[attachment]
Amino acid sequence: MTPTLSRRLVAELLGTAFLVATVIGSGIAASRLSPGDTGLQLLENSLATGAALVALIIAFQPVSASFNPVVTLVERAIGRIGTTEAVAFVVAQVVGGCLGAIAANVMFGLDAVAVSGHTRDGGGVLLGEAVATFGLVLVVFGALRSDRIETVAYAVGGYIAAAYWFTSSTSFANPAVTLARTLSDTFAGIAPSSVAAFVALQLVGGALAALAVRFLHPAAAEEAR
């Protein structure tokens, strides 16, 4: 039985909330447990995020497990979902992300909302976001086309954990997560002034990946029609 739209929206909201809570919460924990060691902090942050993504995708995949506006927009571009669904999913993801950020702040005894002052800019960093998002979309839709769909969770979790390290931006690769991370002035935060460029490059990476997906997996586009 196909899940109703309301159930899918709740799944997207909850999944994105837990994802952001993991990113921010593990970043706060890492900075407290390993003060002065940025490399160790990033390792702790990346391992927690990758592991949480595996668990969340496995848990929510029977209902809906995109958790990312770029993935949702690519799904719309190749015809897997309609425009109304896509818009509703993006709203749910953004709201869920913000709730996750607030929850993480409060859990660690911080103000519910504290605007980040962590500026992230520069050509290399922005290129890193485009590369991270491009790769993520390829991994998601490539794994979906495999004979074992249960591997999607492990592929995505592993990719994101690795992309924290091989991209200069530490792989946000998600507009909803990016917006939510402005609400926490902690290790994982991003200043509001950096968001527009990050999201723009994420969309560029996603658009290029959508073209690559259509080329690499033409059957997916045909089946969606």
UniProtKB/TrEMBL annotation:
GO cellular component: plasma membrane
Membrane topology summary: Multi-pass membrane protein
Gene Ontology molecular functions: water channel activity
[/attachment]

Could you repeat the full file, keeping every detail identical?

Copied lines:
Amino acid sequence: MTPTLSRRLVAELLGTAFLVATVIGSGIAASRLSPGDTGLQLLENSLATGAALVALIIAFQPVSASFNPVVTLVERAIGRIGTTEAVAFVVAQVVGGCLGAIAANVMFGLDAVAVSGHTRDGGGVLLGEAVATFGLVLVVFGALRSDRIETVAYAVGGYIAAAYWFTSSTSFANPAVTLARTLSDTFAGIAPSSVAAFVALQLVGGALAALAVRFLHPAAAEEAR
């Protein structure tokens, strides 16, 4: 039985909330447990995020497990979902992300909302976001086309954990997560002034990946029609 739209929206909201809570919460924990060691902090942050993504995708995949506006927009571009669904999913993801950020702040005894002052800019960093998002979309839709769909969770979790390290931006690769991370002035935060460029490059990476997906997996586009 196909899940109703309301159930899918709740799944997207909850999944994105837990994802952001993991990113921010593990970043706060890492900075407290390993003060002065940025490399160790990033390792702790990346391992927690990758592991949480595996668990969340496995848990929510029977209902809906995109958790990312770029993935949702690519799904719309190749015809897997309609425009109304896509818009509703993006709203749910953004709201869920913000709730996750607030929850993480409060859990660690911080103000519910504290605007980040962590500026992230520069050509290399922005290129890193485009590369991270491009790769993520390829991994998601490539794994979906495999004979074992249960591997999607492990592929995505592993990719994101690795992309924290091989991209200069530490792989946000998600507009909803990016917006939510402005609400926490902690290790994982991003200043509001950096968001527009990050999201723009994420969309560029996603658009290029959508073209690559259509080329690499033409059957997916045909089946969606």
UniProtKB/TrEMBL annotation:
GO cellular component: plasma membrane
Membrane topology summary: Multi-pass membrane protein
Gene Ontology molecular functions: water channel activity